How have I not heard of Hong Kong artist Peony Yip before? Her work reminds me a lot of Charmaine Olivia's earlier pieces (back when she did more line drawings than oil paintings) but with a lot more simplicity, romance, and variety. I really love how Peony has explored a diverse range of visual ideas throughout her art-making career, creating little sets that each study a different aesthetic concept but that still fit together as a larger portfolio that considers modern femininity and our connection to nature. I also love that in most of her pieces, you can't quite be sure what elements are digital or traditional, something that is definitely echoed in the subtle color palettes that mirror delicate watercolors just as much as they do thicker gouache or computer rendered swatches. Check out her website for more - she has a fun set with bruises I didn't include but that looks like it was inspired by Ryan McGinley, which is always nice.
Really unique 3D and collage illustrations from Camberwell College of Arts graduate Karin Soderquist. I admire her ability to create her vision with whatever material is available, and imitate the same opaque flatness despite the variety of materials that she is using. More on her website.- Elizabeth
Hey! Thanks to everyone who commented on this post to win a free copy of the newest Domestic Etch and a tote bag! I used an online randomizer and the winners are... Danielle Estefan and Eleanor McComb! So, you guys should send me a message with your addresses so I can mail you your swag right away.
For everyone else, hopefully you'll be happy to know that you can now buy your own tote for a measly $9 over at our store! It's a bargain, plus we'll also send you a nice note, and maybe even a copy of an old issue...
Thanks again for all the support - you guys rock!- Elizabeth
Great work from MICA grad Andrea Kalfas! I first saw Andrea in Nobrow 6 "The Double," and absolutely loved the color palette and attention to texture and detail in her piece. The rest of her work is just as swell, featuring the same bright colors and fun distinctive characters. I usually hate whimsy, but Andrea manages to make pieces that have an appealing capriciousness and charm without becoming too overdone.The way she draws eyes and floral elements reminds me a bit of Meg Hunt, who I believe she has worked with in the past, but make no mistake, Andrea has a style all her own! Can't wait to see more from her. Lots more work on her website!- Elizabeth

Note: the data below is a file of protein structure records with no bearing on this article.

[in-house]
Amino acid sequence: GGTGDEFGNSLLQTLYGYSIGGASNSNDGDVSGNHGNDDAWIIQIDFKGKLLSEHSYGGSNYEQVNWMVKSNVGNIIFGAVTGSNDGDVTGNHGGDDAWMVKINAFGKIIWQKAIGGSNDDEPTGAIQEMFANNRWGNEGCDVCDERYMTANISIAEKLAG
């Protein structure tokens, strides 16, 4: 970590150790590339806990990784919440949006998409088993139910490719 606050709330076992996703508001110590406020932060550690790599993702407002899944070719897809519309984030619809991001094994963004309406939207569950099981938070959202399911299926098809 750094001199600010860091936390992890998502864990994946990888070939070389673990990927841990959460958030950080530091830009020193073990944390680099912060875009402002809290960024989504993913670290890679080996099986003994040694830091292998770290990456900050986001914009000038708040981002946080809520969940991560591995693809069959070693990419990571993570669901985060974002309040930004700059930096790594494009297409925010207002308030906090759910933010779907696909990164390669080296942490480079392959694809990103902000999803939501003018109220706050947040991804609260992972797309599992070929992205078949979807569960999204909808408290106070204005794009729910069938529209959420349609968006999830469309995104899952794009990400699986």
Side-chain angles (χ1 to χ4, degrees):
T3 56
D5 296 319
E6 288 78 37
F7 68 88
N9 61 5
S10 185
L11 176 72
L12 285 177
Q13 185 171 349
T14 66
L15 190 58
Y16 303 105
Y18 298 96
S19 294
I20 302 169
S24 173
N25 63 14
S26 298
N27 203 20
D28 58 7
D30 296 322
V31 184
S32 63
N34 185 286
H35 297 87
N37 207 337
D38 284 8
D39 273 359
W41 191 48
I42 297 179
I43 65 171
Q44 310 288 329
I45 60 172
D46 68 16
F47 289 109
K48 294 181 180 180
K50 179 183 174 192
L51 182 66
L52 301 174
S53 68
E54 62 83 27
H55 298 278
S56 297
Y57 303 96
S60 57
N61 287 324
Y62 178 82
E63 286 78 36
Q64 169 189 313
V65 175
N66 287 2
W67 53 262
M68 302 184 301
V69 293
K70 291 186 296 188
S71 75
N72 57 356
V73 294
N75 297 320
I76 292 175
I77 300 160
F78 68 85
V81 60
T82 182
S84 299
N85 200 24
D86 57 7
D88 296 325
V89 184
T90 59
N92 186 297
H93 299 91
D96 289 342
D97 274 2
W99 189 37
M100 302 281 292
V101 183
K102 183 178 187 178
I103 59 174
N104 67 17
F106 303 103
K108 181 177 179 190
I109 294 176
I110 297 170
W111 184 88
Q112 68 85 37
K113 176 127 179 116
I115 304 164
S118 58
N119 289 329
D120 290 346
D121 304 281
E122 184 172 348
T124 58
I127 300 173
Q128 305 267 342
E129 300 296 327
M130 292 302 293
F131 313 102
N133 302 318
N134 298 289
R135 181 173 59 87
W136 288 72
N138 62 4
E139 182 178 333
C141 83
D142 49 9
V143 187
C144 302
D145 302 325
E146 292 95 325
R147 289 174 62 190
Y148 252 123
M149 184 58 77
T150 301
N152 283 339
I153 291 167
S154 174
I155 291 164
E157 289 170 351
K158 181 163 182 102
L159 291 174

I was nostalgically listening to the Decemberists today and on re-realizing how great the Crane Wife album cover is, decided to look up who the artist was. Lo-and-behold, apparently all the Decemberists artwork has been done by Carson Ellis, who besides being married to a one of a kind crooner, is a really talented illustrator! I absolutely adore her style; it's delicate and sweet, but also full of humor, bold shapes, and varied line-work and floral elements. The color palettes and the watercolor and ink technique on some of her pieces remind me a bit of a more representational Scott C, but partly what I admire about Carson is her ability to work in so many mediums while still maintaining a distinctive and recognizable style - she can work very illustratively and very classically, but it is all Carson Ellis. Check out her website for a lot more great stuff.
My mom was having a kind of tough time at work, so I bought her a bottle of this Morris Kitchen Ginger Syrup by brother-sister duo Tyler and Kari Morris that I saw online to cheer her up. This led to a series of revelations:
- First off, the ginger syrup tastes spectacular. While my mom is a huge fan of ginger, I have always been sort of neutral on the flavor; this changed my mind completely. I literally want to put this on everything.
- Second, the bottle the syrup comes in is a classic apothecary inspired amber glass bottle, and has this amazing letter-pressed label on it. I'm still trying to track down who printed it, because it's really quite sweet, with these little asterisks on the side and a great mix of brown and greyish blue ink.
- Third, the store I bought it from, Hickoree's Hard Goods, seems really cool - they sell a whole slew of well-designed projects and apparel, and while most of it, unfortunately for me, seems to be for men/wonderfully-androgynous-women-whose-body-types-allow-them-to-wear-button-down-shirts-without-gaping, they're definitely work checking out.
- LASTLY, when I got my package in the mail, it came with this really sick illustrated poster by Liza Corsillo (who is also apparently the sister of the Brothers who own Hickoree's - really, how much cuter could this all be?) I looked her up, and here we are.
I love Liza's unadorned, and unpretentious style. Her hatching and cross-hatching is simple but effective, and she knows just which details and seams to draw on her objects in order to convey their spirit without overdoing it with specifics. I also love how her hand-drawn pencil type totally captures the feel and style of the font being replicated, but without being completely perfect. Hooray! More work on her website.